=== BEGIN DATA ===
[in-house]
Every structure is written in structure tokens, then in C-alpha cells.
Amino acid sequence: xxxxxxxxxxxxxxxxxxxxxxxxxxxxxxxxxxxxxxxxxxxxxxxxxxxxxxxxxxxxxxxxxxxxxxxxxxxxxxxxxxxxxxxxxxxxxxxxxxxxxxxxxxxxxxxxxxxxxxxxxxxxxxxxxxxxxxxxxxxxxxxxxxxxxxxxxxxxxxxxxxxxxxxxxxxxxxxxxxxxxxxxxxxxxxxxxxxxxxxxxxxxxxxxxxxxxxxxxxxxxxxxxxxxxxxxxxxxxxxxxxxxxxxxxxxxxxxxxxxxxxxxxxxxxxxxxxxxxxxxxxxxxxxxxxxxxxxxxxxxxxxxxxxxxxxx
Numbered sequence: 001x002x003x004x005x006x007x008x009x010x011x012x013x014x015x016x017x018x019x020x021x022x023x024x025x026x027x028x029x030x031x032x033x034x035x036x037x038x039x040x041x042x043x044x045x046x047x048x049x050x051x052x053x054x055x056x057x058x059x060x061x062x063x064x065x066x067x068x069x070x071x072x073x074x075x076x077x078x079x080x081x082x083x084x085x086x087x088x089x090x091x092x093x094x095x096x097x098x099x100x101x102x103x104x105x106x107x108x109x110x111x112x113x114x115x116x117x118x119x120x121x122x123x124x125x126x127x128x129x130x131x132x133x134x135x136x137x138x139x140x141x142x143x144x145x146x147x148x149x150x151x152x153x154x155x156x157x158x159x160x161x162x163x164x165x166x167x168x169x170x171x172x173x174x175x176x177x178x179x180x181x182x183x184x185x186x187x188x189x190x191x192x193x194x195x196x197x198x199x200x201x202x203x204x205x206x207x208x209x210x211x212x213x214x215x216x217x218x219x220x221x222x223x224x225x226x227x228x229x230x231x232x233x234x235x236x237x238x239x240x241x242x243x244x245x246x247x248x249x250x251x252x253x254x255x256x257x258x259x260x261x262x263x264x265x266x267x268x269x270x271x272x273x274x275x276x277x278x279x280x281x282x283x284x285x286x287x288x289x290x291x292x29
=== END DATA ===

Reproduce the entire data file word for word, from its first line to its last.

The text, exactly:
[in-house]
Every structure is written in structure tokens, then in C-alpha cells.
Amino acid sequence: xxxxxxxxxxxxxxxxxxxxxxxxxxxxxxxxxxxxxxxxxxxxxxxxxxxxxxxxxxxxxxxxxxxxxxxxxxxxxxxxxxxxxxxxxxxxxxxxxxxxxxxxxxxxxxxxxxxxxxxxxxxxxxxxxxxxxxxxxxxxxxxxxxxxxxxxxxxxxxxxxxxxxxxxxxxxxxxxxxxxxxxxxxxxxxxxxxxxxxxxxxxxxxxxxxxxxxxxxxxxxxxxxxxxxxxxxxxxxxxxxxxxxxxxxxxxxxxxxxxxxxxxxxxxxxxxxxxxxxxxxxxxxxxxxxxxxxxxxxxxxxxxxxxxxxxx
Numbered sequence: 001x002x003x004x005x006x007x008x009x010x011x012x013x014x015x016x017x018x019x020x021x022x023x024x025x026x027x028x029x030x031x032x033x034x035x036x037x038x039x040x041x042x043x044x045x046x047x048x049x050x051x052x053x054x055x056x057x058x059x060x061x062x063x064x065x066x067x068x069x070x071x072x073x074x075x076x077x078x079x080x081x082x083x084x085x086x087x088x089x090x091x092x093x094x095x096x097x098x099x100x101x102x103x104x105x106x107x108x109x110x111x112x113x114x115x116x117x118x119x120x121x122x123x124x125x126x127x128x129x130x131x132x133x134x135x136x137x138x139x140x141x142x143x144x145x146x147x148x149x150x151x152x153x154x155x156x157x158x159x160x161x162x163x164x165x166x167x168x169x170x171x172x173x174x175x176x177x178x179x180x181x182x183x184x185x186x187x188x189x190x191x192x193x194x195x196x197x198x199x200x201x202x203x204x205x206x207x208x209x210x211x212x213x214x215x216x217x218x219x220x221x222x223x224x225x226x227x228x229x230x231x232x233x234x235x236x237x238x239x240x241x242x243x244x245x246x247x248x249x250x251x252x253x254x255x256x257x258x259x260x261x262x263x264x265x266x267x268x269x270x271x272x273x274x275x276x277x278x279x280x281x282x283x284x285x286x287x288x289x290x291x292x29